Coffee and tea: caffeine versus antioxidants

I love getting up to the smell of fresh coffee, catching up with a friend over a lovely cup of tea in the afternoon and, of course, a bit of dark chocolate every now and again.

All these lovely things have something in common: they all contain caffeine.

Good quality coffee, tea and dark chocolate , especially if organically grown and traditional prepared contain plenty of antioxidants that help us reduce the harmful effects of free radicals.

Tea, especially green tea, has high concentrations of polyphenols that also have antioxidant properties.

However, we can not forget that caffeine is a stimulant and therefore can affect our energy balance during the day, our mood and even concentration. I’m not just talking about the energy boost you get when you have a cup of coffee but also about what happens when the stimulant effects wear off and you feel tired and grumpy again and have to fight the urge to run down to the nearest coffee shop.

A little caffeine can help you perk up a bit, not a bad thing, but too much can lead to anxiety, insomnia, high blood pressure, tremors and even dehydration because caffeine is a diuretic. In some cases, too much coffee can cause stomach pain and even vomiting.

Caffeine, especially in high amounts, reduces calcium absorption and may lead to weaker bones (osteoporosis) so it is important to limit caffeine intake in young adults as our bones accumulate calcium up to age of 18 and for women entering menopause as lowering oestrogen levels also reduce calcium absorption.

Tea might be a better alternative, especially green tea as it is very high in antioxidants known as polyphenols, for people with high sensitivity to caffeine. Tea also contains caffeine but in lower concentrations than coffee so its effects are not quite as sharp.

In people with high sensitivity to caffeine, drinking coffee or tea even several hours before bedtime can lead to insomnia. So, herbal or decaf versions of your favourite brews are a good option after dinner.

What foods and drinks contain caffeine?

Caffeine is not only found in high concentrations in coffee and tea, also appears cola drinks, energy drinks and chocolate products:

Coffee contains 100 to 200mg of caffeine per cup depending on strength and brewing method, while tea contains much less, between 15-70mg per cup.

The NHS recommendation is to limit caffeine intake to 400mg a day, i.e. up to 2-4 cups of coffee depending on how strong you like it and a maximum of 5 cups of tea a day.

Let’s not forget that cola drinks also contain caffeine albeit much less than coffee and tea, approximately 30mg per can.

Chocolate also contains caffeine, so it is advisable not to consume it before going to bed and ensure children and teenagers consume it in moderation. It also contains high amounts of refined sugar which also affects blood sugar levels and the body’s energy balancing system.

Energy drinks contain high levels of caffeine: about 80mg per 250ml, roughly the same as a coffee. Like chocolate and cola flavoured drinks these beverages have a high sugar content and therefore are high in calories and alter your body’s energy balance leaving you a lot more tired once their effects wear off.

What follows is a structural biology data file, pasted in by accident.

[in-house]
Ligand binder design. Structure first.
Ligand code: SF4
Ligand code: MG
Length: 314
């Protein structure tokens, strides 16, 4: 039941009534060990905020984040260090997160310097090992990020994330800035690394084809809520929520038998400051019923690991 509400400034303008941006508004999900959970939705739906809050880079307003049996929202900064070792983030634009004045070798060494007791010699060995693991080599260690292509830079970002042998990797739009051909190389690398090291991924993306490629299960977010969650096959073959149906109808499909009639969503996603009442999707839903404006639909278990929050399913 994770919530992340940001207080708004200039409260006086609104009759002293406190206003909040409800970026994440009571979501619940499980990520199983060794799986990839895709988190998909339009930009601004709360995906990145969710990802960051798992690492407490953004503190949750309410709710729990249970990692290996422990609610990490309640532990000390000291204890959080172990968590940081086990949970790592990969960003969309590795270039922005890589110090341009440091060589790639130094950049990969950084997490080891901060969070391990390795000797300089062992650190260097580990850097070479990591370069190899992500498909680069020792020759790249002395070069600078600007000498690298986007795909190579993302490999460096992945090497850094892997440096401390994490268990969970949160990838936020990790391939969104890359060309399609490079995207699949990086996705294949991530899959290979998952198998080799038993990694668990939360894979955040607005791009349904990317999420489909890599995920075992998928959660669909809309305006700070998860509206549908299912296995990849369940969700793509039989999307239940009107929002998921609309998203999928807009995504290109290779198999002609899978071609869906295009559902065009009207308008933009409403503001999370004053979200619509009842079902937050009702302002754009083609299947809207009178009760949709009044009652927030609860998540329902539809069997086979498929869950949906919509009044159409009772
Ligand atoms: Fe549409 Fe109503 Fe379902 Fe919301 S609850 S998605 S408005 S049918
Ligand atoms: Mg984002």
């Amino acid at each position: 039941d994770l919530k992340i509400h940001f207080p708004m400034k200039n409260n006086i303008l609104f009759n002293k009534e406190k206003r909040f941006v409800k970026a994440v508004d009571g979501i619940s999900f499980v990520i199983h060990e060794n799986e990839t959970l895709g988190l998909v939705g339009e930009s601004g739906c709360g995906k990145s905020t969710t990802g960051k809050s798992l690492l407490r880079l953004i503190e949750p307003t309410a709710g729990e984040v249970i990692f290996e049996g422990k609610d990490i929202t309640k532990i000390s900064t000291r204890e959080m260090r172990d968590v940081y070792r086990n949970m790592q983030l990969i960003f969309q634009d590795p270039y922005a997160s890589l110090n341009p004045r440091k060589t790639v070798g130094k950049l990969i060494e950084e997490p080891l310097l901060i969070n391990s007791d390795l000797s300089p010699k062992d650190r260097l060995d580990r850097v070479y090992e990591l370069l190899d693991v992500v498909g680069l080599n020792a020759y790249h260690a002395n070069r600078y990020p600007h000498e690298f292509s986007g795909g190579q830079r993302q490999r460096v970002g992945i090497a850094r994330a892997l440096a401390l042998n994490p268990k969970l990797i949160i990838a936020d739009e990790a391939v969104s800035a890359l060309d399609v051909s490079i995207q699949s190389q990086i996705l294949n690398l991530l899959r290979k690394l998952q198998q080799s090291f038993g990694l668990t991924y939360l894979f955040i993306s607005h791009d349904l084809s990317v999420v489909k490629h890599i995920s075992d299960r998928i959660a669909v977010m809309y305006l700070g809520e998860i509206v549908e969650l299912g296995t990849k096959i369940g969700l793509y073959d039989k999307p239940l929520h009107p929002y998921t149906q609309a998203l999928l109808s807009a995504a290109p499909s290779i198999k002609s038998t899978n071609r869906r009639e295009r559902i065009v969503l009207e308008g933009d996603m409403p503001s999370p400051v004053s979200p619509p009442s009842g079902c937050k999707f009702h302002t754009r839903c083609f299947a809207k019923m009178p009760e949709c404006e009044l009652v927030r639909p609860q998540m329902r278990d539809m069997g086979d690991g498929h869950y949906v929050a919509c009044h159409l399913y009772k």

How to enjoy the coffee / tea in a healthy way?

In moderation. Limit your intake to a maximum of 4 cups a day but keep in mind that caffeine affects some people more than others and you know your body better than anyone else so stop at two espressos if the third cup starts making you jittery!

Mix it up. Avoid drinking caffeinated drinks on an empty stomach because its stimulant effects are much greater than if they are part of a balanced meal.

White or black? If’s down to taste but mixing a little milk into your coffee can counteract the reduced calcium absorption effect of caffeine. If you are dairy intolerant or have an allergies/sensitivity to dairy products, you can try alternatives to cow’s milk such as soy or rice milks but ensure they are fortified with calcium.

No sugar. Do not add sugar to your tea or coffee as the stimulating effect of coffee will increase the sugar rush affecting your energy levels much more sharply. I mean not just the sugar in your coffee but also the sweets that go so well with it: croissant, a chocolate cookies, a piece of cake, etc.

Don’t get hooked. Do not make a habit of drinking coffee all the time because caffeine is addictive. If you associate coffee with a break at work, switch to herbal teas or green tea it is even higher in antioxidants.

How you brew it matters. Drink your coffee as fresh as possible, to make the most of its antioxidant properties.

Brew your coffee in a stainless steel coffeepot to avoid contact with aluminium or plastic at high temperatures.

Heating food or drinks in aluminium containers (such as take away boxes or foil) leads to this heavy metal leaching into the food. High levels of aluminium in the body have been linked to bone, kidney and nerve diseases.

The same applies to electric coffee makers where plastic parts may contain BPA, which has been linked to some cancers.

Coffee pods are easy to use but when boiling water gets pushed through the container, it heats the aluminium cover or plastic film that sits between the coffee granules and the aluminium with the same consequences as described above.

Decaffeinated coffee and tea have the healthy benefits as the caffeinated version without the problems that high amounts of caffeine can cause.

Avoid caffeinated soft or energy drinks, get your caffeine the natural way with a lovely properly brewed coffee or tea!